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Thought for the week - 21 January 2024

‘Where are you going?’ And ‘what are you looking for’ – two questions that we are asked regularly in the Gospels – and after all the signs and pointers of the prophets, the patriarchs, the election of Israel and so much else, suddenly, repeatedly, we are asked this with some urgency. ‘What are you looking for? Why are you here?’ If you are looking for answers, I have none, it isn’t the work of the Church of God to answer questions, but to make us more and more aware of the mystery we come here to understand and to find joy and fulfilment in that searching, because we are looking for God in absolutely the right place. We are looking for Him in each other, in bread and wine and holy scripture, in the waters of Baptism and the oil of new life and the oil to anoint the dying. Love, as they say, is all around us, and we are looking for love which we find because we know love, of each other and of God in this great and beautiful mystery.

We have been looking a lot recently, we looked with the Shepherds, we looked with the Wise Men, we looked with the Angels and we looked at the Baptism of Christ, we are now looking at the Wedding at Cana, when Jesus worked his first sign. To the question, ‘Who has appeared on earth?’ it gives this answer: ‘The Word who turns water into wine, as the grapes drink the rain and their juice is buried in vats, and who did in one instant in this house what he does year by year in the world of nature.’ Who has appeared on earth? What are you looking for? We have found He who not only was before there was time, but He who is time and nature and the creative force of the Universe – a mystery so large that many people over the centuries have broken Him down into their own hobbyhorses and likes and dislikes, using God to back up their arguments, using love to divide.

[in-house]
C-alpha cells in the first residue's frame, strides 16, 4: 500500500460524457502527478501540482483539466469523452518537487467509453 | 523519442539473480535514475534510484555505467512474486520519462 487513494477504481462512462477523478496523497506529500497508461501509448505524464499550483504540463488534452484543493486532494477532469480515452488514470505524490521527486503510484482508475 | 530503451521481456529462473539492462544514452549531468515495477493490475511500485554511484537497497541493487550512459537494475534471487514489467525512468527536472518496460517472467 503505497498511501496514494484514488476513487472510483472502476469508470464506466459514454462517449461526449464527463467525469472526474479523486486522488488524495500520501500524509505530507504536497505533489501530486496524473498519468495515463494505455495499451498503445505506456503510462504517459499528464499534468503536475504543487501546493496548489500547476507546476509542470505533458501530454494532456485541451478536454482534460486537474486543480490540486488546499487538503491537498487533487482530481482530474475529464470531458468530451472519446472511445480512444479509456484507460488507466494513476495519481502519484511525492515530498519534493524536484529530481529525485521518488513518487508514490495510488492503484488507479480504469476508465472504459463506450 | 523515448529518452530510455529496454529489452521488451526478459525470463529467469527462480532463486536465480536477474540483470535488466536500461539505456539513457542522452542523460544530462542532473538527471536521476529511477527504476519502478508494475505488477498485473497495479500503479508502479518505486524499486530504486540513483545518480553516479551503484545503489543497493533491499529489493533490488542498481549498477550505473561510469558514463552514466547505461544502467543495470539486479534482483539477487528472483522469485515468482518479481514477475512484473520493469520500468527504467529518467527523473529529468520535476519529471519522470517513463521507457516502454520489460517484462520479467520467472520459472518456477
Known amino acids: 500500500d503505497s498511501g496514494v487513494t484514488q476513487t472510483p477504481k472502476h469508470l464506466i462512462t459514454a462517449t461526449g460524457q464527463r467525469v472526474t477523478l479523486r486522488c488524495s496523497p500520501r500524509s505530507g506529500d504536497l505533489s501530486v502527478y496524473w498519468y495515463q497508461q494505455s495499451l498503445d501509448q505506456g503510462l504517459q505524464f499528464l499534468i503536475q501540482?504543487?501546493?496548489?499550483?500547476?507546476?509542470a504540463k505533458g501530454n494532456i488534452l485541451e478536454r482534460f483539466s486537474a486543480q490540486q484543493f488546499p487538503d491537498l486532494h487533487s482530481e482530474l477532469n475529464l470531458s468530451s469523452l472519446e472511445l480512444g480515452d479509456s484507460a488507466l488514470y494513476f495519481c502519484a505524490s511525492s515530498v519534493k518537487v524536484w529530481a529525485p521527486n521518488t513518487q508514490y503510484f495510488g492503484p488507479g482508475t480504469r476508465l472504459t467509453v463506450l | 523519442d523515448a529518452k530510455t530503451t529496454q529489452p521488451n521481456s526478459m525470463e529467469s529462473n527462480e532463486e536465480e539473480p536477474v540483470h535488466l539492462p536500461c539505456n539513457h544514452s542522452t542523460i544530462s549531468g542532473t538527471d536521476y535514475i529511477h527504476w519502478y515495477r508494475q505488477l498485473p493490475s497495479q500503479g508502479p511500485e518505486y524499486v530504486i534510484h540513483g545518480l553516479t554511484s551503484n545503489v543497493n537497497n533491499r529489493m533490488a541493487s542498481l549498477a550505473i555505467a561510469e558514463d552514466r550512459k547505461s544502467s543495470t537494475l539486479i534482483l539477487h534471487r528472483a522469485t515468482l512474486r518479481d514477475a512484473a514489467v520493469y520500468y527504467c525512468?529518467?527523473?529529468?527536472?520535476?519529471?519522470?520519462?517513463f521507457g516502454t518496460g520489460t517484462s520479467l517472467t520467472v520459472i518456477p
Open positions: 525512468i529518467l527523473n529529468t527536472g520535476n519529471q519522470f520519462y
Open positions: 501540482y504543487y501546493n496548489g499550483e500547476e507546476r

We celebrated the epiphaneia two weeks ago, but we should come clean, and call it the Theophaneia, the Appearing of God. Epiphany, this searching for God, is not, primarily, about the visit of the Magi to Jesus; it’s about God’s Visit to us, the Solemn Visit in which the Divine King has let the world see him and today we immerse ourselves in Cana, at the Wedding Feast, where water is turned into wine. It’s a nice, cosy, domestic miracle and frankly one that we would all be happy seeing, so it’s an easy, smooth way in to a Theophaneia which leads us to all kinds of wonder and a lifelong searching. It’s a miracle, certainly, and it shows His power over nature and seasons and time and spatiality and the complex continuum of spacetime which in the Cartesian coordinate system, points in which are called x, y, and z. A position in spacetime is called an event (hence the wedding) and requires four numbers to be specified: the three-dimensional location in space, plus the position in time, so this is the locus, the place of the wedding, the fact of physical water, the intervention of Christ and the fact of there suddenly, and unexpectedly, being wine. An event is represented by a set of coordinates x, y, z and thus Spacetime is four dimensional. This is irrelevant to Jesus, who just overrides spatiality because He can and He wants to, so don’t be surprised at the existence of eternal life and don’t think that at Baptism we just pour water over people’s heads! Don’t think that there is any bread or wine being given out from the rivers of Grace that flow from our altar. Appearances can be deceptive when governed by the Word first spoken. What are you looking for? Maybe ‘How are you looking for it’ is more apposite.

But that is not the point, and there is more, and like Columbo, it’s usually the bit at the end that really matters. The detail I want to pick up on is the water jars, and the fact that they are empty. The men who had to fill them up will have thought about them as there were six, holding twenty to thirty gallons each, which is a lot of jars to fill up from, presumably, a well a little walk away, and it must have taken them quite a lot of time and labour. The jars were there because in the Old Covenant, they would be filled with water for guess to perform the ablutions with before entering the wedding hall, to be ritually and physically clean before eating, but they are empty, forgotten about. Before performing a miracle, Jesus has the Old Covenant honoured and the jars filled – God expects us to approach Him and His infinite love making at least some kind of gesture of love and faith in return – which can take many forms, including Baptism, Holy Communion and much else – they are signs of His love and signs of our faith which are a vehicle between us and God, transcending spatiality and time and movement and uniting us with Him. All of this, this church, this day, these empty jars, it’s all about love and bringing us back home. Is there anything else? What are you looking for?


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